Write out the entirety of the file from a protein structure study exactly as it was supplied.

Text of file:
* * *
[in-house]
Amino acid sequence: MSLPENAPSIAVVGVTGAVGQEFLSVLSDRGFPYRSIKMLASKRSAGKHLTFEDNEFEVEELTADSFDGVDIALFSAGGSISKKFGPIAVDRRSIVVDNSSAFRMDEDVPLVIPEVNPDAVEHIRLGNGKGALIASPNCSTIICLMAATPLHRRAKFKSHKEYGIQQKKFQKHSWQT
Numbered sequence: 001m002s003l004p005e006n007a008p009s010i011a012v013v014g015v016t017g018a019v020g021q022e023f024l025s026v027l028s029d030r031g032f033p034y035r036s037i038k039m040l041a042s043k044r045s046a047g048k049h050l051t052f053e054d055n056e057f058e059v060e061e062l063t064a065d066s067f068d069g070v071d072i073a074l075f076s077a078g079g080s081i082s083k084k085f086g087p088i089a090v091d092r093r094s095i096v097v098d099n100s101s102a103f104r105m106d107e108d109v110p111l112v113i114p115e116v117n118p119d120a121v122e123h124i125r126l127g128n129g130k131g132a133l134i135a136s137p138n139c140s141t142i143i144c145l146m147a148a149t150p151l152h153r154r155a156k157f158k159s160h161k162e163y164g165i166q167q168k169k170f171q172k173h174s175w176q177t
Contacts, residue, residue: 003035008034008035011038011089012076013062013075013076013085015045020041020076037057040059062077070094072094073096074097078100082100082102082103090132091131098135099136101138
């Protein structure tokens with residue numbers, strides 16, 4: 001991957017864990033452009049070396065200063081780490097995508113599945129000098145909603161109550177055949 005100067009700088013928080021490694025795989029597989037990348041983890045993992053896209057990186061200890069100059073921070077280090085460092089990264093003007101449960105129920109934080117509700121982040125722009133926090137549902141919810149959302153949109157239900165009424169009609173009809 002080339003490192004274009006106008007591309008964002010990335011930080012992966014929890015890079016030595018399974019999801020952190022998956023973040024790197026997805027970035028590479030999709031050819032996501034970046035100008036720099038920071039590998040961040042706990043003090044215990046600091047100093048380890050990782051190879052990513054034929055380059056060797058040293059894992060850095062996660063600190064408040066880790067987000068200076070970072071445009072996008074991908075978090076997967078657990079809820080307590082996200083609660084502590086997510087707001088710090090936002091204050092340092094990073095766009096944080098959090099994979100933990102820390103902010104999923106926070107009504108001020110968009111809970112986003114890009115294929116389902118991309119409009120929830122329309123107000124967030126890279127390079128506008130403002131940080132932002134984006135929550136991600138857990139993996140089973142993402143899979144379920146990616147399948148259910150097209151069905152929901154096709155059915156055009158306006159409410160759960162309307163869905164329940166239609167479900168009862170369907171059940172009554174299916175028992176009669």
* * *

[in-house]
Amino acid sequence: MSLPENAPSIAVVGVTGAVGQEFLSVLSDRGFPYRSIKMLASKRSAGKHLTFEDNEFEVEELTADSFDGVDIALFSAGGSISKKFGPIAVDRRSIVVDNSSAFRMDEDVPLVIPEVNPDAVEHIRLGNGKGALIASPNCSTIICLMAATPLHRRAKFKSHKEYGIQQKKFQKHSWQT
Numbered sequence: 001m002s003l004p005e006n007a008p009s010i011a012v013v014g015v016t017g018a019v020g021q022e023f024l025s026v027l028s029d030r031g032f033p034y035r036s037i038k039m040l041a042s043k044r045s046a047g048k049h050l051t052f053e054d055n056e057f058e059v060e061e062l063t064a065d066s067f068d069g070v071d072i073a074l075f076s077a078g079g080s081i082s083k084k085f086g087p088i089a090v091d092r093r094s095i096v097v098d099n100s101s102a103f104r105m106d107e108d109v110p111l112v113i114p115e116v117n118p119d120a121v122e123h124i125r126l127g128n129g130k131g132a133l134i135a136s137p138n139c140s141t142i143i144c145l146m147a148a149t150p151l152h153r154r155a156k157f158k159s160h161k162e163y164g165i166q167q168k169k170f171q172k173h174s175w176q177t
Contacts, residue, residue: 003035008034008035011038011089012076013062013075013076013085015045020041020076037057040059062077070094072094073096074097078100082100082102082103090132091131098135099136101138
């Protein structure tokens with residue numbers, strides 16, 4: 001991957017864990033452009049070396065200063081780490097995508113599945129000098145909603161109550177055949 005100067009700088013928080021490694025795989029597989037990348041983890045993992053896209057990186061200890069100059073921070077280090085460092089990264093003007101449960105129920109934080117509700121982040125722009133926090137549902141919810149959302153949109157239900165009424169009609173009809 002080339003490192004274009006106008007591309008964002010990335011930080012992966014929890015890079016030595018399974019999801020952190022998956023973040024790197026997805027970035028590479030999709031050819032996501034970046035100008036720099038920071039590998040961040042706990043003090044215990046600091047100093048380890050990782051190879052990513054034929055380059056060797058040293059894992060850095062996660063600190064408040066880790067987000068200076070970072071445009072996008074991908075978090076997967078657990079809820080307590082996200083609660084502590086997510087707001088710090090936002091204050092340092094990073095766009096944080098959090099994979100933990102820390103902010104999923106926070107009504108001020110968009111809970112986003114890009115294929116389902118991309119409009120929830122329309123107000124967030126890279127390079128506008130403002131940080132932002134984006135929550136991600138857990139993996140089973142993402143899979144379920146990616147399948148259910150097209151069905152929901154096709155059915156055009158306006159409410160759960162309307163869905164329940166239609167479900168009862170369907171059940172009554174299916175028992176009669």